the co-operation of its ex-officio members who hail from various 
parts of the region, prepares detailed and assembled studies and 
plans. By the very nature of the personnel of the board these plans 



146 PLANNING PROBLEMS 

and studies, during their preparation, receive the attention and 
suggestions of duly-elected political authorities from all parts of the 
region, so that upon their tentative completion they may be said to 
represent the wishes of the majority of the legally constituted 
political executives of the region. 

The board is also empowered to appoint such agencies as it may 
designate to collect and distribute information relative to regional 
and community planning and zoning in the two counties, and these 
activities are by the act declared to be a public purpose and moneys 
expended for such purposes are declared to be for municipal use. 
Under this clause the board has officially designated, as such ad- 
visory and publicity agent, the unofficial and voluntary Niagara 
Frontier Planning Association. This association is composed of 
active representatives appointed by such of the authorities of the 
various cities, villages and townships of the region as may wish to 
do so, and of similar representatives from civic organizations, busi- 
ness men's clubs and organizations of a like nature, so that the 
association membership may well be said to consist of key-men in 
the various communities throughout the region. In order to effect 
close co-operation between the Niagara Frontier Planning Associa- 
tion and the Niagara Frontier Planning Board all of the members 
of the official planning board are ex-officio members of the direc- 
torate of the Planning Association by specific provisions in the 
Constitution and By-Laws of the latter .organization. 

The cities, towns and villages which, through their duly consti- 
tuted authorities, have voluntarily named active members to 
represent them in the association comprise approximately 95 per 
cent of the total population of the two counties, or in the neighbor- 
hood of 780,000 people. The list of political units so affiliated, 
which in the majority of instances are appropriating nominal 
amounts yearly toward the support of the association, includes all 
of the six cities, twenty-seven of the thirty-seven townships and 
fifteen of the twenty-two incorporated villages in the region. 

While such extensive co-operation frankly was unexpected at the 
time the association was organized, nevertheless, in view of the 



PLANNING PROBLEMS 147 

remarkable success which has attended its efforts during the two 
years of the association's existence, it is now confidently hoped and 
fully expected that in the near future practically 100 per cent of the 
political area of the region will be so co-operating. Obviously this 
success has been achieved only by unremitting effort. Indepen-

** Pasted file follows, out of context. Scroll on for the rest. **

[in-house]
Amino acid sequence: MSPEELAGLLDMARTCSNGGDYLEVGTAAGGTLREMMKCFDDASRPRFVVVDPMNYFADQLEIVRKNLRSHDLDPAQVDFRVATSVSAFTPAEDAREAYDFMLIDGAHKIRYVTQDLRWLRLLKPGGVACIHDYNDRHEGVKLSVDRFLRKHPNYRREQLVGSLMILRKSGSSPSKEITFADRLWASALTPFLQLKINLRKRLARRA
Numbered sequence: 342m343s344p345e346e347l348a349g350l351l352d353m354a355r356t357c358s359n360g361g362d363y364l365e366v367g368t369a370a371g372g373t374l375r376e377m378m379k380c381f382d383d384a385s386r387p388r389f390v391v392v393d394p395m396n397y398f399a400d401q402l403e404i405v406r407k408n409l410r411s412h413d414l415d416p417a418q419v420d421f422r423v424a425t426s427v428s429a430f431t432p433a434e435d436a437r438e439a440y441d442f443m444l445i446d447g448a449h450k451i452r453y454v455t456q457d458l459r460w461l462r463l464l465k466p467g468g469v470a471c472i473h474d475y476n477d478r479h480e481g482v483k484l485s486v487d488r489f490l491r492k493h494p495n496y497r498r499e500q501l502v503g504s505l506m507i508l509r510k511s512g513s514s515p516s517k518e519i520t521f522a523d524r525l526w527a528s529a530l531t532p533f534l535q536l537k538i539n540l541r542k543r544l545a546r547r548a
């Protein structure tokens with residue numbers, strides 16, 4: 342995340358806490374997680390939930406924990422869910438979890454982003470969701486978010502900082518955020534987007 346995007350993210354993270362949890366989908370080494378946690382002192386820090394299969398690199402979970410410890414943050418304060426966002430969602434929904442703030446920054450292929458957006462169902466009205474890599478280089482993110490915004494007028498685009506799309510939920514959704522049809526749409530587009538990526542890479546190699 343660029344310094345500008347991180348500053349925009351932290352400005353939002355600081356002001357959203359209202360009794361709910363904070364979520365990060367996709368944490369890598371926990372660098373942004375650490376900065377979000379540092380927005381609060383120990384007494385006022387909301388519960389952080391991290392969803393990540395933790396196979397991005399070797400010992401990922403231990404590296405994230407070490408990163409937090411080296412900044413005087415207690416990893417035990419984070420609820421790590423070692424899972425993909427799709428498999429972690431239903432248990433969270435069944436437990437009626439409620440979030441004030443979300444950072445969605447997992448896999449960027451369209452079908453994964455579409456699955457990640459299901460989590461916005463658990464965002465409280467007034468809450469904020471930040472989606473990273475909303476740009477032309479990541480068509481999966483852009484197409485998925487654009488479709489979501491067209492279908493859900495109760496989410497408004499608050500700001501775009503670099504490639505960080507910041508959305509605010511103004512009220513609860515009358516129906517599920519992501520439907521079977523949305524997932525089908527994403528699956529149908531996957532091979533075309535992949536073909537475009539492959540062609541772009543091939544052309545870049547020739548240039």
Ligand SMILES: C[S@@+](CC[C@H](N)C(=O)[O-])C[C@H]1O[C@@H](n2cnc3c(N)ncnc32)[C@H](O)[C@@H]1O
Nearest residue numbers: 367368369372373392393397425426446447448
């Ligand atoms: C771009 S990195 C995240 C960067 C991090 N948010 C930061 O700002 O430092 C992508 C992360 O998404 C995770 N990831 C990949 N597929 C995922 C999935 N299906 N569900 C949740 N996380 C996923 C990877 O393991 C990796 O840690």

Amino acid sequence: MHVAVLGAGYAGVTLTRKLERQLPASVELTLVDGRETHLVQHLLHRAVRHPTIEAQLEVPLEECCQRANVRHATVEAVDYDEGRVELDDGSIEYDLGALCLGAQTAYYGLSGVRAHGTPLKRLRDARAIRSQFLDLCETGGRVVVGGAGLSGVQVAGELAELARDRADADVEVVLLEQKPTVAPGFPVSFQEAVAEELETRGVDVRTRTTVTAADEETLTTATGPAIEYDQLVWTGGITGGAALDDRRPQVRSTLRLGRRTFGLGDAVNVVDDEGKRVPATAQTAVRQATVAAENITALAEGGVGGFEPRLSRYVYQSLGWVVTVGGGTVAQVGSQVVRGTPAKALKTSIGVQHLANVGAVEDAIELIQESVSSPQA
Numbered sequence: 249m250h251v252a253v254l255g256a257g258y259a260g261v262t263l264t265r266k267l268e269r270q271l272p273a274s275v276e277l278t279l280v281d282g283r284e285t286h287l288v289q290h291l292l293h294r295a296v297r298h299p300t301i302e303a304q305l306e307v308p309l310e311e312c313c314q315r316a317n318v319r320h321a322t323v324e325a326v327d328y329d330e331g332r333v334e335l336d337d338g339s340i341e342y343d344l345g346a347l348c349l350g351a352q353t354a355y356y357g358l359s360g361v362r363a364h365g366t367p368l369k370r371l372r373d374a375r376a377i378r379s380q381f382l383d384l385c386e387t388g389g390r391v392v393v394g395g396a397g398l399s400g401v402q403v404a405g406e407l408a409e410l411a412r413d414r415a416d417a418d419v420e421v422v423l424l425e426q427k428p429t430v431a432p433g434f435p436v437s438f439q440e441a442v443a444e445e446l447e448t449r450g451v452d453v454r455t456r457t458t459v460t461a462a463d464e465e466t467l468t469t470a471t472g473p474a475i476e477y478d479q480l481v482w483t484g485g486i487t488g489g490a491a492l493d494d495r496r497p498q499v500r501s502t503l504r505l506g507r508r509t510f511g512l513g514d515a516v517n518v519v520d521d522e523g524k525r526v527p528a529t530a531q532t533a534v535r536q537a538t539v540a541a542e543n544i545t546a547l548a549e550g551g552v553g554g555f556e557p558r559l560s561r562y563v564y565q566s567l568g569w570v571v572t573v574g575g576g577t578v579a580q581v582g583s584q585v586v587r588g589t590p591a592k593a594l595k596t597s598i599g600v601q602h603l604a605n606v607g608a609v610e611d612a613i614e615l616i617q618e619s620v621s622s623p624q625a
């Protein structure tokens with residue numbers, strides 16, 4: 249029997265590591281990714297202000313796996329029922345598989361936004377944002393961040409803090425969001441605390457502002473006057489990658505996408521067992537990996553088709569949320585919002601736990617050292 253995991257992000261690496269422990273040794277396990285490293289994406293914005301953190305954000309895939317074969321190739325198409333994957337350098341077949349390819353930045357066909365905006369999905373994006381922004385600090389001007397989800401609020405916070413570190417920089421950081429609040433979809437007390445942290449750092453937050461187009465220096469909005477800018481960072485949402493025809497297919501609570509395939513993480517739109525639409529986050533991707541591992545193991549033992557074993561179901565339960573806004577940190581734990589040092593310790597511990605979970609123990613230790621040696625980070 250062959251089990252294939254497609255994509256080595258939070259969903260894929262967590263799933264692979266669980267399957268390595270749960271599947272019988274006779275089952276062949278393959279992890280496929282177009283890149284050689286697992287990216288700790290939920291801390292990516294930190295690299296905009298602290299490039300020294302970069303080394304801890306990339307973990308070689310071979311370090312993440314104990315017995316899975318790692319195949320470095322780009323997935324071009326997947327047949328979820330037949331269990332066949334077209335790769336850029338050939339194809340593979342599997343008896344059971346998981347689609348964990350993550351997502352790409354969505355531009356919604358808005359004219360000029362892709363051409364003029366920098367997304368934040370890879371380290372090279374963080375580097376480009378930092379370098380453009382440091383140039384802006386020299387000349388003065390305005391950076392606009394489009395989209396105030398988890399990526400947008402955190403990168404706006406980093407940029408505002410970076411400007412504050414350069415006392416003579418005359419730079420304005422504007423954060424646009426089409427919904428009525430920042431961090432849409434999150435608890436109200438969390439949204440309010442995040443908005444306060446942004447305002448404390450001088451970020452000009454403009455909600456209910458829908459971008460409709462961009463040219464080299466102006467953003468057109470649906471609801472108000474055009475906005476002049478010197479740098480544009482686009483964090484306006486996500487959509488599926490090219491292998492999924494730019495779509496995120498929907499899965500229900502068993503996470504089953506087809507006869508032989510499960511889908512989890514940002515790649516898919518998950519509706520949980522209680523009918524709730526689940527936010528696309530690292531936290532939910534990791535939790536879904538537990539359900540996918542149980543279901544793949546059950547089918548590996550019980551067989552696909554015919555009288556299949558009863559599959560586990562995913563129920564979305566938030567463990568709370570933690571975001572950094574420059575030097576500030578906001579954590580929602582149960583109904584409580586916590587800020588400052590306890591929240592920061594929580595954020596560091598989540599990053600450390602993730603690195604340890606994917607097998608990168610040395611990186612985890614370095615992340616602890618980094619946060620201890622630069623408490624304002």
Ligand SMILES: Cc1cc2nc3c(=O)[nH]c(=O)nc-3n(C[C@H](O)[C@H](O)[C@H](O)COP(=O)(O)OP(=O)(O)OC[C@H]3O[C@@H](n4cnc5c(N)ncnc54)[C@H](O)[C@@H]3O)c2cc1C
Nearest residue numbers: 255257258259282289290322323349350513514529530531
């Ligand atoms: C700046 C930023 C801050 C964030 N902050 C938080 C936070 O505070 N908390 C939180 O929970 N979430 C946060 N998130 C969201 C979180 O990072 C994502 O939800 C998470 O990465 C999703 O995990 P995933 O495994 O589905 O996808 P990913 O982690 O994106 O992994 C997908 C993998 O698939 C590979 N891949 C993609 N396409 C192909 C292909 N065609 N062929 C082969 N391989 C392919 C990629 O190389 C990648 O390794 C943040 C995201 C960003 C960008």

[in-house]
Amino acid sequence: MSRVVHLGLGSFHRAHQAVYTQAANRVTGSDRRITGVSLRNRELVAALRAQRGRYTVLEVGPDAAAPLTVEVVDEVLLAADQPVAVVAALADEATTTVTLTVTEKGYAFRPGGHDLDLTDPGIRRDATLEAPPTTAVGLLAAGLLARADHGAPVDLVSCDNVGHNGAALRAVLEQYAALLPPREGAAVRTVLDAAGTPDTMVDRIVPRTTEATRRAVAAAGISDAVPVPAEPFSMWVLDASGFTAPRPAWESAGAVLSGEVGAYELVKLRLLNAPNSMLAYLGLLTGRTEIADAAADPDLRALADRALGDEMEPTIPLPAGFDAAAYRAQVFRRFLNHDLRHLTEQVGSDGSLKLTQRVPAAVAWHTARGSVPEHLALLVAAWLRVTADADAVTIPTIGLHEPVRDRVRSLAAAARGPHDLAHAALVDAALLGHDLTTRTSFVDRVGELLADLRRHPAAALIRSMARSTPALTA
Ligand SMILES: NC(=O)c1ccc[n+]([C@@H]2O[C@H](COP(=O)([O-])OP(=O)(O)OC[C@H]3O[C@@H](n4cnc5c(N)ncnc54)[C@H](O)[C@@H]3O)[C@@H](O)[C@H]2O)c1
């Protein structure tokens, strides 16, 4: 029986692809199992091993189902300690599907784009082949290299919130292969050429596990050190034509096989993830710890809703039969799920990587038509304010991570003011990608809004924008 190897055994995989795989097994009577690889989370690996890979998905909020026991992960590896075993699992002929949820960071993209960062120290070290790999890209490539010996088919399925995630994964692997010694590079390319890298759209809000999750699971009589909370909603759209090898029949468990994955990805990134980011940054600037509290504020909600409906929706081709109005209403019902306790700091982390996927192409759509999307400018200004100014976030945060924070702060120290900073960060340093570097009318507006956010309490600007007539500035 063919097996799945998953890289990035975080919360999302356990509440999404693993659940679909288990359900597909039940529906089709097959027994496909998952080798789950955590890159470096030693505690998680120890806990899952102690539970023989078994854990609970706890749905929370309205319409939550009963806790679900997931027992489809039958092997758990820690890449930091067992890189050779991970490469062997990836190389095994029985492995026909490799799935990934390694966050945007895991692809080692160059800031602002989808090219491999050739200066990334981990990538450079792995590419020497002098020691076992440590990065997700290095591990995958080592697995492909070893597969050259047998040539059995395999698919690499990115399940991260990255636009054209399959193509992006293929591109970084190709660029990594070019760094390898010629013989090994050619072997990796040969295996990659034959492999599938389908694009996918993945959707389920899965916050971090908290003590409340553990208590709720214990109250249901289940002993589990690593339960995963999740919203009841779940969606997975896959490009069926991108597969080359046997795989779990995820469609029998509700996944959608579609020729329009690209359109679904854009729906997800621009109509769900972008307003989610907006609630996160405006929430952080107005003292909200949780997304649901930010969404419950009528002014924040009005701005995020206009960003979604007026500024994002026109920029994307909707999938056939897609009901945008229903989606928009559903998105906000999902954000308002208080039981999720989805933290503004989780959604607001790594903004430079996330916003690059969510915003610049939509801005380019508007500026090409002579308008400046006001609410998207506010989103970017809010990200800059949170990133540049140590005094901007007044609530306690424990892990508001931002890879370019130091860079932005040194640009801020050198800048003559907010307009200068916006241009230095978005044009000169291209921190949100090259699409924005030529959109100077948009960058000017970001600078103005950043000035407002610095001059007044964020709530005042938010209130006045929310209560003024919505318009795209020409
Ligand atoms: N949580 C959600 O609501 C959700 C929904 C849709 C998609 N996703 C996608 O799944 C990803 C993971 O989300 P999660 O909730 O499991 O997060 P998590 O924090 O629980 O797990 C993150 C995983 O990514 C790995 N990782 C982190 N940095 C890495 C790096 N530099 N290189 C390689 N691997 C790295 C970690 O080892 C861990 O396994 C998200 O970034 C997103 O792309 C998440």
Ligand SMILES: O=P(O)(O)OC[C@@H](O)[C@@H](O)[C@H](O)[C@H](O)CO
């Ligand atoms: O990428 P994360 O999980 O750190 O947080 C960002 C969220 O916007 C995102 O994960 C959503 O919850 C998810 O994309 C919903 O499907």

dently of the affiliation by the political units just referred to, local 
planning bodies, chambers of commerce, civic organizations, busi- 
ness men's clubs and public-spirited individuals to the number of 
100 or more are members of the association and actively assisting, 
not only in a financial way, but by co-operation in the formulation 
and execution of the plans of the official board. 

Whether or not the method employed in the Niagara Region to 
secure general co-operation throughout its territory would be 
feasible in every locality requires demonstration. Speaking in the 
large, however, human nature varies little in different regions, so 
that what has been achieved in one region can (with some slight 
changes in method) be accomplished equally well in another region. 

Under its powers the board, with the assistance and co-operation 
of the association, has found it necessary and advisable to give 
attention to certain "community" needs and conditions which to 
the casual observer may bear the aspects of strictly local improve- 
ments, but which in fact are integral parts of the regional study. 
In the furtherance of such matters and in the desire to advance as 
rapidly as possible the ultimate construction of these planned 
improvements the association has, in many instances, exercised its 
influence and prestige with executive authorities in the counties, 
cities, towns and villages, looking to the development of means for 
their consummation. The majority of these projects have been 
treated by tentative preliminary studies and suggestions which 
have been brought to the attention of various authorities and con- 
sidered, and which they, in turn, by the exercise of their administra- 
tive and executive powers, have brought to final construction in 
several instances. 

Naturally some information will be desirable as to the extent to 
which this plan of organization has brought about the execution of 



148 PLANNING PROBLEMS 

various portions of the physical plan, and while in the main these 
are projects of primary interest in the Niagara Region only, never- 
theless by virtue of the international interest in Niagara Falls and 
in the tremendous power development there, a brief reference to 
some of the accomplishments may be of interest. 

At the suggestion of the regional planning commission and 
through the co-operation of state and county authorities, several 
important thoroughfares have been added to the state or county 
highway map. 

The planning commission's project for the establishment of a 
state park upon the northerly end of Grand Island and a state park- 
way along the west shore of Grand Island has been adopted as part 
of its program by the New York State Council of Parks, and about 
400 acres, which will form a part of the park site, have already been 
acquired. In its consideration of the park phase of regional plan- 
ning the Niagara Frontier Planning Board has been greatly aided 
by the co-operation of the Erie County Park Commission, but has